Find Out More About Codeine Withdrawal Symptoms When Choosing a Rehab Option
The United States is currently in the midst of an epidemic-level problem when it comes to the abuse and addiction to prescription medications. Benzodiazepines and opioids are two of the major categories of doctor-ordered drugs that are being misused to one extent or another, which is also causing an increase in the number of people becoming addicted. Codeine is an opioid-category pain reliever that can be prescribed by doctors for mild to medium severity pain. It is also available in some countries without a prescription, making it easier to acquire through certain gray-market avenues. Additionally, it can also be found in low doses in some prescription and non-prescription cough suppressant medicines. As with any drug or alcohol, if a person becomes addicted when they stop using or drinking they will experience withdrawal symptoms. Even though codeine is not as powerful as some other opioids that are part of the increase in use and addiction statistics, codeine withdrawal symptoms can still be dangerous.
If you or a loved one is experiencing codeine withdrawal symptoms due to an addiction, or want to learn more about codeine side effects from an addiction counselor, call the professionals at WhiteSands Treatment at (877) 855-3470 to find out more about the help that is available. No matter how severe a person’s addiction may be, no one should go through the detox and rehabilitation process on their own.
Codeine Withdrawal Symptoms
When a person becomes addicted to any drug, including alcohol, there are some things that every individual will experience no matter what the addictive substance is. As a person transitions from abusing a substance to being addicted, they will begin to build up a tolerance to the drug or alcohol. What this means in non-medical terms is that they will need more of the substance over time to experience the same effect they desire. The other effect that every addict or alcoholic will experience is withdrawal symptoms when they stop using or reduce the amount of the substance they are regularly taking.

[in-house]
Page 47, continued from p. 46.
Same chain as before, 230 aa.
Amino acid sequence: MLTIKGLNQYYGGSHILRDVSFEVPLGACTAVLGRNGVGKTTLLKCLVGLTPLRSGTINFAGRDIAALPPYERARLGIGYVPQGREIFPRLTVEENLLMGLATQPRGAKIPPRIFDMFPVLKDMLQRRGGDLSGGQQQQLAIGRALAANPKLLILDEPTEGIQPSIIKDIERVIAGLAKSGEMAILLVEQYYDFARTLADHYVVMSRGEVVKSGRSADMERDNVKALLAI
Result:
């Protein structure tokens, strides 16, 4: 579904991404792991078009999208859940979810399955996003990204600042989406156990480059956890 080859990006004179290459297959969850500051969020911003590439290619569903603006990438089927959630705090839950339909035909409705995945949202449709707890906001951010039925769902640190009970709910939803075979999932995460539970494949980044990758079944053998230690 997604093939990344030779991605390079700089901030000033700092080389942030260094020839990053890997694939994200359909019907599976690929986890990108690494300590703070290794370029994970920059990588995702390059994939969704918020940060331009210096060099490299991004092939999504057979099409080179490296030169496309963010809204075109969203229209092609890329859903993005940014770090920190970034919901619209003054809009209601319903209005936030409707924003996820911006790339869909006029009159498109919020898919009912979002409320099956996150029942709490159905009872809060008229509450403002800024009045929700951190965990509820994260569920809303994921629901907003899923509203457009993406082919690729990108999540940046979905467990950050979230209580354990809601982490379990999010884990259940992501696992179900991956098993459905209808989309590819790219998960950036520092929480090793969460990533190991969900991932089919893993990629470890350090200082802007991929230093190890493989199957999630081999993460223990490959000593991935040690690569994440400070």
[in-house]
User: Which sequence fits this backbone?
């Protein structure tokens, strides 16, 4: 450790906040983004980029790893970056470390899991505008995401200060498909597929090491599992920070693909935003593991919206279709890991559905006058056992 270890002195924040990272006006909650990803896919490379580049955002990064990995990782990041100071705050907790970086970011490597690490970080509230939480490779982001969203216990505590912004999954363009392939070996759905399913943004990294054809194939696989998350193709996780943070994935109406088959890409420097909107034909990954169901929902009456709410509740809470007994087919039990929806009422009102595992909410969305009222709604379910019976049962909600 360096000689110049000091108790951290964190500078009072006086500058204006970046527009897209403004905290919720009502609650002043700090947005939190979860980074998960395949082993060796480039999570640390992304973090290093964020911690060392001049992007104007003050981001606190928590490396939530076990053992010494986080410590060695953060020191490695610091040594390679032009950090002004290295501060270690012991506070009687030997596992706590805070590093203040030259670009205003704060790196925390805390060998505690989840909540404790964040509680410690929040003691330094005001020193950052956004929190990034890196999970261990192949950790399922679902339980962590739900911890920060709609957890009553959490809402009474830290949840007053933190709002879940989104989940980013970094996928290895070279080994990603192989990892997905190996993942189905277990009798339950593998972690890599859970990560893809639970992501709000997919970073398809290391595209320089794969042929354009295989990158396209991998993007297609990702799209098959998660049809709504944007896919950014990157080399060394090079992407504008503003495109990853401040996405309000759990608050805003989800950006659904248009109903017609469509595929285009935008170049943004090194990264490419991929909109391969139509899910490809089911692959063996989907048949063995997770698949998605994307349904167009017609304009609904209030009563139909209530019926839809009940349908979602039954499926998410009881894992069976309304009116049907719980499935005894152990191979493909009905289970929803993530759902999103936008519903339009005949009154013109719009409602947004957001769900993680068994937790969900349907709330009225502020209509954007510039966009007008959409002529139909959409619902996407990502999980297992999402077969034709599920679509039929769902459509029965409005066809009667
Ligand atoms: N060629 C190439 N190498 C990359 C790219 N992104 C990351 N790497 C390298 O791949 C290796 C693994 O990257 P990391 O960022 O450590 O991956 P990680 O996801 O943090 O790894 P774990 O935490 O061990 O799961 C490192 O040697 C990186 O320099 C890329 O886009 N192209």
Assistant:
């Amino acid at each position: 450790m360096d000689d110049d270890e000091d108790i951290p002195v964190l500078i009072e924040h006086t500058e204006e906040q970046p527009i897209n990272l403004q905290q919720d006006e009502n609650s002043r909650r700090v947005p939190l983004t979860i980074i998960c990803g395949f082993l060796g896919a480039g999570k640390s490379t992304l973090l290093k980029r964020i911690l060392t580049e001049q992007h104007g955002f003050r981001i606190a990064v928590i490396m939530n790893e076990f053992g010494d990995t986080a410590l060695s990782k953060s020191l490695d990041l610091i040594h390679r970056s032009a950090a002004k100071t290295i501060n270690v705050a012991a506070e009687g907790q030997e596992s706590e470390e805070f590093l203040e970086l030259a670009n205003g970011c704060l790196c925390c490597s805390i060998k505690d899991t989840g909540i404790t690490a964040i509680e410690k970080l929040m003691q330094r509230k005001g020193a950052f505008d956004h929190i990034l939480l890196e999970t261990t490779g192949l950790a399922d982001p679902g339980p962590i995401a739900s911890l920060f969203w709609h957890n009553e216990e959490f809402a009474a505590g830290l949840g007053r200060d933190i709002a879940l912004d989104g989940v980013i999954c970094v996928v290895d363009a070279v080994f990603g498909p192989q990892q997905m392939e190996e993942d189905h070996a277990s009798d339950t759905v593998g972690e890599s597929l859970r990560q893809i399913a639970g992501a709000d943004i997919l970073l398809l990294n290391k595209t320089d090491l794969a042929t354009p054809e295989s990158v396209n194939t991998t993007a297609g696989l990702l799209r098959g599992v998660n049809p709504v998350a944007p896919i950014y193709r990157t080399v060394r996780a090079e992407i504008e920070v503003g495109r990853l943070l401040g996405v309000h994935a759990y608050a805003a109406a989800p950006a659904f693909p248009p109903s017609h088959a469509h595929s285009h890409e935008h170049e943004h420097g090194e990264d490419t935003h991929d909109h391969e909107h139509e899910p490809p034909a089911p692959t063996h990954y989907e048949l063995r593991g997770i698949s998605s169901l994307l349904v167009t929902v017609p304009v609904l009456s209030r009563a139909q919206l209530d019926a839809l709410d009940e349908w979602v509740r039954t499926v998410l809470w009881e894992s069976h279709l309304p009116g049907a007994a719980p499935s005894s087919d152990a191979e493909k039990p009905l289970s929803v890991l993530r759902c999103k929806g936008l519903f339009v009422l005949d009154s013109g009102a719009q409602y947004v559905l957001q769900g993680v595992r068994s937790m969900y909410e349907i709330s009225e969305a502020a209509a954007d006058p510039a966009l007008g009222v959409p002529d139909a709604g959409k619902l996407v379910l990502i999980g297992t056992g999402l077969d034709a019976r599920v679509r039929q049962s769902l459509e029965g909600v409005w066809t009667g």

Codeine withdrawal can sometimes be mild, but the longer a person has been addicted the more dangerous they can become. Once your body is used to receiving a substance on a regular, most likely everyday basis, there will always be a reaction. Something as simple as cutting down on caffeinated coffee after years of drinking a few cups a day can cause headaches and other ill feelings.
When drugs or alcohol is involved, the effects can be multiplied many times in severity. Additionally, the codeine side effects and how each individual reacts physically and emotionally to codeine withdrawal can vary greatly. Codeine withdrawal symptoms should be taken seriously and rehab and detox specialists at WhiteSands Treatment are ready to help.
It’s important to know as much as possible about codeine withdrawal symptoms if you or a loved one has developed an addiction. Some of these symptoms include:
- Mood swings
- Restlessness and insomnia
- A runny nose and watery eyes
- Nausea, stomach cramps, and vomiting
- Loss of appetite and weight loss
- Aches and pains
These codeine withdrawal symptoms may not seem dangerous on the surface, but taken together and depending on severity, going through codeine withdrawal and experiencing vomiting, diarrhea, and weight loss can be a recipe for disaster when added to the fact that an addict’s overall health may not be optimal in the first place.
Getting Help with Codeine Withdrawal and Codeine Side Effects
No matter what drug a person is addicted to, it cannot be stressed enough how dangerous it is to try and detox and go through withdrawal at home on your own. Not only can codeine withdrawal be dangerous in and of itself, but by not being in a supervised, drug-free environment, there is always the danger of a relapse and overdose if dealing with the codeine withdrawal symptoms gets too tough.
If you or a loved one needs help with abuse and/or treatment, please call the WhiteSands Treatment at (877) 855-3470. Our addiction specialists can assess your recovery needs and help you get the addiction treatment that provides the best chance for your long-term recovery.